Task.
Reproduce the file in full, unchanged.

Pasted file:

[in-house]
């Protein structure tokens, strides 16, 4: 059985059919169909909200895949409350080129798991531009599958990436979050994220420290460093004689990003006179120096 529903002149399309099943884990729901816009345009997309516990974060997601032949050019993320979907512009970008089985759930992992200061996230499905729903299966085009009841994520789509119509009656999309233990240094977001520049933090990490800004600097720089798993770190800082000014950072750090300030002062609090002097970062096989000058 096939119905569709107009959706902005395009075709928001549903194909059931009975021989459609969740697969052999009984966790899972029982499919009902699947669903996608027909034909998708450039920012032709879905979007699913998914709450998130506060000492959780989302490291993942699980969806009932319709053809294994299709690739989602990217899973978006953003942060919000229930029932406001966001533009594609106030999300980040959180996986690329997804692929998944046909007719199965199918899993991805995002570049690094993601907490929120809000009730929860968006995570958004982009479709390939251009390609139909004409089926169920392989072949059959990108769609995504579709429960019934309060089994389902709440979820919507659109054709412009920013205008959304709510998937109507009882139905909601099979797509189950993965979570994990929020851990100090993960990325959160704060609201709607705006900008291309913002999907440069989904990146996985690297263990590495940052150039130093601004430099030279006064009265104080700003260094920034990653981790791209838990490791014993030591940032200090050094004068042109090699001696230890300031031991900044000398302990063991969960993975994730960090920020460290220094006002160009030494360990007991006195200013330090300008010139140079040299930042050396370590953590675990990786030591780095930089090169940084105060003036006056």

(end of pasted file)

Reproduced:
[in-house]
């Protein structure tokens, strides 16, 4: 059985059919169909909200895949409350080129798991531009599958990436979050994220420290460093004689990003006179120096 529903002149399309099943884990729901816009345009997309516990974060997601032949050019993320979907512009970008089985759930992992200061996230499905729903299966085009009841994520789509119509009656999309233990240094977001520049933090990490800004600097720089798993770190800082000014950072750090300030002062609090002097970062096989000058 096939119905569709107009959706902005395009075709928001549903194909059931009975021989459609969740697969052999009984966790899972029982499919009902699947669903996608027909034909998708450039920012032709879905979007699913998914709450998130506060000492959780989302490291993942699980969806009932319709053809294994299709690739989602990217899973978006953003942060919000229930029932406001966001533009594609106030999300980040959180996986690329997804692929998944046909007719199965199918899993991805995002570049690094993601907490929120809000009730929860968006995570958004982009479709390939251009390609139909004409089926169920392989072949059959990108769609995504579709429960019934309060089994389902709440979820919507659109054709412009920013205008959304709510998937109507009882139905909601099979797509189950993965979570994990929020851990100090993960990325959160704060609201709607705006900008291309913002999907440069989904990146996985690297263990590495940052150039130093601004430099030279006064009265104080700003260094920034990653981790791209838990490791014993030591940032200090050094004068042109090699001696230890300031031991900044000398302990063991969960993975994730960090920020460290220094006002160009030494360990007991006195200013330090300008010139140079040299930042050396370590953590675990990786030591780095930089090169940084105060003036006056």